Superfast Cornwall leaders say high adoption rate justifies ambitious superfast broadband project
A third of all homes and businesses have signed up for superfast broadband services on the Isles of Scilly, just over six months after fibre went live on the archipelago, located 28 miles off the Cornish coast.
The £132 million Superfast Cornwall project, funded by BT, The European Regional Development Fund (ERDF) and Cornwall Council, has deployed fibre on all five inhabited islands, with undersea cables linking St Mary’s, Tresco and Bryher, and microwave links connecting St Agnes and St Martins.
However the most ambitious component of the rollout involved the diversion of an unused 939 kilometre undersea fibre cable between to the UK and Spain toward the archipelago.
Scilly adoption rate
The first connections took place in November and now 450 premises are now making use of the faster speeds available to them – an adoption rate which Superfast Cornwall says justifies the ambitious nature of the project.
“This is wonderful news and a great endorsement of the considerable engineering work and investment undertaken to make superfast broadband available to the Isles of Scilly,” said Nigel Ashcroft, Superfast Cornwall programme director for Cornwall Council. “The people of these beautiful islands have grabbed the huge opportunities offered by superfast broadband with both hands and are really making the most of this exciting technology.”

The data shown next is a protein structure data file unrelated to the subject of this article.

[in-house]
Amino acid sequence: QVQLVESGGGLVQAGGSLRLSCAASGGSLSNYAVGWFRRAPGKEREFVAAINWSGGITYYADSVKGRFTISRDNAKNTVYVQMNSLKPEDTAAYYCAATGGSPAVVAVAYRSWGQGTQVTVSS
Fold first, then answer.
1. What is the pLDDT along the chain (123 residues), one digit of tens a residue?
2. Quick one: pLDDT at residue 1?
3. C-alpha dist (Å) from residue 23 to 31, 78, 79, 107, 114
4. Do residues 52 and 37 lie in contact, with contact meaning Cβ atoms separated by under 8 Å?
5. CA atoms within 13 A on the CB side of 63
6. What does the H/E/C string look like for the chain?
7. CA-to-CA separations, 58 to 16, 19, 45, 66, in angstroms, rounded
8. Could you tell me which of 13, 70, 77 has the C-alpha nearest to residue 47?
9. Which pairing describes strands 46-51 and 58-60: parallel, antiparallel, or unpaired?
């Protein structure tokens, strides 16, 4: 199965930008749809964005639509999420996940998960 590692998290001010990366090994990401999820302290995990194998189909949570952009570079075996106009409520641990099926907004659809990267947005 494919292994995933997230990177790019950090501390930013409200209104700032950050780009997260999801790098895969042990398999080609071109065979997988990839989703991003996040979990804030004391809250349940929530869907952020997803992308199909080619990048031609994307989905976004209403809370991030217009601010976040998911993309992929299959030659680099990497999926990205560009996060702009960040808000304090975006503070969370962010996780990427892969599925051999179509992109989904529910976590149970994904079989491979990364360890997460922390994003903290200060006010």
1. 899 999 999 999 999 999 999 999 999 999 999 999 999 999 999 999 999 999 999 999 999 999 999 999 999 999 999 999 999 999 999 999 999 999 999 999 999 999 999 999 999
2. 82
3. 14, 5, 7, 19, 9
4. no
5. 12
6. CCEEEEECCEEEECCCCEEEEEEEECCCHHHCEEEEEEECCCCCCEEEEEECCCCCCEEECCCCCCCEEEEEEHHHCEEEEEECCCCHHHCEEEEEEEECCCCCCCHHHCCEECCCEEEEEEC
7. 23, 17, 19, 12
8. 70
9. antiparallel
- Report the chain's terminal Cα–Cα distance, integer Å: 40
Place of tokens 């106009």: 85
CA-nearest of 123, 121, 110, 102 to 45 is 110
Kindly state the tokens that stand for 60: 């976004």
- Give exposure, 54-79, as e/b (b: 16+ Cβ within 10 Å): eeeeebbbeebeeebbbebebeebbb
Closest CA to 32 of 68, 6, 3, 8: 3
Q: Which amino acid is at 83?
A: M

On St Agnes, 21 out of 24 properties have taken up superfast broadband, including St Agnes Boating, a family-owned ferry operator that claims the faster speeds have revolutionised its business.
“Superfast broadband has allowed us to completely revolutionise the way we run the firm,” said owner John Peacock. “It has speeded up all our processes and breathed fresh energy into the business. For example, it has allowed us to develop a new app we believe is the first of its kind in Europe, which records our passenger numbers.”
Changing the islands
St Agnes Boating lists the latest bookings on its website so other residents can join trips already arranged. The more people who sign up to a crossing, the cheaper the cost of the journey.
Until the arrival of fibre, residents and businesses relied on a phone and Internet service powered by a radio link from the mainland and local leaders claiming the service can revitalise the local economy, enhance residents’ quality of life and change working habits.
“Scilly is now one of the best connected archipelagos in the world. The fast and stable data connection provides a vital link for our residents, businesses and visitors to mainland Britain and the rest of the world,” added Amanda Martin, Chairman of the Council of the Isles of Scilly. “It is also an indispensable tool for our 360 businesses, as the islands have the highest rate of self-employment per capita in the UK.
“The very remoteness of Scilly makes it a unique test case for many emerging technologies. The Islands are a pilot site for new telehealth and telecare projects and we are also in advanced discussions to introduce smart grid technologies – all of which is made possible thanks to superfast broadband.”
Superfast Cornwall is aiming to connect 95 percent of the county by the end of 2015.
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